As we said in our letter to the Governor, we are in constant contact with representatives of all hospital systems in Lancaster County, the Hospital Association of PA, the Lancaster County Emergency Management Agency, County Commissioners, state legislative delegation, Congressman Smucker, the PA Department of Health, and others.  The group convenes a weekly conference call to review data, discuss issues, and find ways to work together to solve concerns.

Additionally, the county has hired a highly-qualified Public Health Emergency Advisor (PHEA) to provide dedicated technical, administrative, and logistical advice and assistance during the current COVID-I9 public health emergency, including advice regarding reopening.

The issue of reopening – the conceptual goal of the letter – was discussed with the group, although the medical experts and business leaders in the work group were not asked to sign it. The reason is simple: This letter was one level of government communicating with another.  Implying that our medical professionals and private business representatives were not consulted on this issue could not be further from the truth.  

  1. Didn’t you just render the state plan — and its phases — meaningless by declaring that you’ll act without the governor’s approval?

We believe that following the state’s “aggressive mitigation” guidelines and rules contained in the yellow phase is a step in the right direction.  However, we obviously disagree with the Governor’s position that Lancaster is not ready for this phase because of the state’s flawed metric.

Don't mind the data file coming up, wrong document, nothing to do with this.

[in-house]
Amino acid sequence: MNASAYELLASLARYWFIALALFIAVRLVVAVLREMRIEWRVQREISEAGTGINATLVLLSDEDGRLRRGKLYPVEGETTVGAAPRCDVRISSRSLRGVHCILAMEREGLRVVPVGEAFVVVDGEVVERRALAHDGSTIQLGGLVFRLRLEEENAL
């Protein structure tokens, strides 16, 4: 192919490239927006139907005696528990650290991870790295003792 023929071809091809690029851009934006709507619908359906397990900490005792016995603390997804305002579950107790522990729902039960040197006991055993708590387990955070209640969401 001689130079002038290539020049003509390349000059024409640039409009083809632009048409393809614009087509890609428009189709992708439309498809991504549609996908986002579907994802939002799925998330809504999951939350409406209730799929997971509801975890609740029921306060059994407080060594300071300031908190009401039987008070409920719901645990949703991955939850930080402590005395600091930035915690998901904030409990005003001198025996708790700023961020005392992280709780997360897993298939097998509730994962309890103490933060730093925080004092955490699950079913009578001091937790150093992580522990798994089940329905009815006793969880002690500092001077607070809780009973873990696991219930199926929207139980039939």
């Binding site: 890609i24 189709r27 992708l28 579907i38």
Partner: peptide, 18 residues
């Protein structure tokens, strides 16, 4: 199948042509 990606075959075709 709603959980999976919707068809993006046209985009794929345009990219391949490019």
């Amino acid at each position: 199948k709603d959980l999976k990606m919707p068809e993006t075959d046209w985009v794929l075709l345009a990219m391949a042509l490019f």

We believe that local leaders and citizens deserve the opportunity to be on a level playing field with the big box stores and lucky waiver recipients that have been operating throughout the pandemic.  Pennsylvania has one of the strictest shutdown orders in the country.  Certain industries like construction sat idle in Pennsylvania while other states continued their operations. Additionally, the Commonwealth remains the only state to prohibit real estate related activities to meet the housing needs of its citizens. 

Our constituents have been patient.  They have complied with the shutdown orders, but that patience is waning.  State legislators have tried to negotiate with Governor Wolf and passed legislation to offer some relief.  However, Governor Wolf has repeatedly demonstrated an unwillingness to work together with local officials to help them achieve the twin goals of public safety and revived economy. We still want to work with the Governor. But if his administration is unwilling to work with us, we feel it is necessary to act on the will of the people.

  1. Can’t businesses now declare that they’ll reopen without taking any social distancing measures, given that Lancaster County District Attorney Heather Adams, also a Republican, announced Sunday that her office won’t prosecute stay-at-home order violations?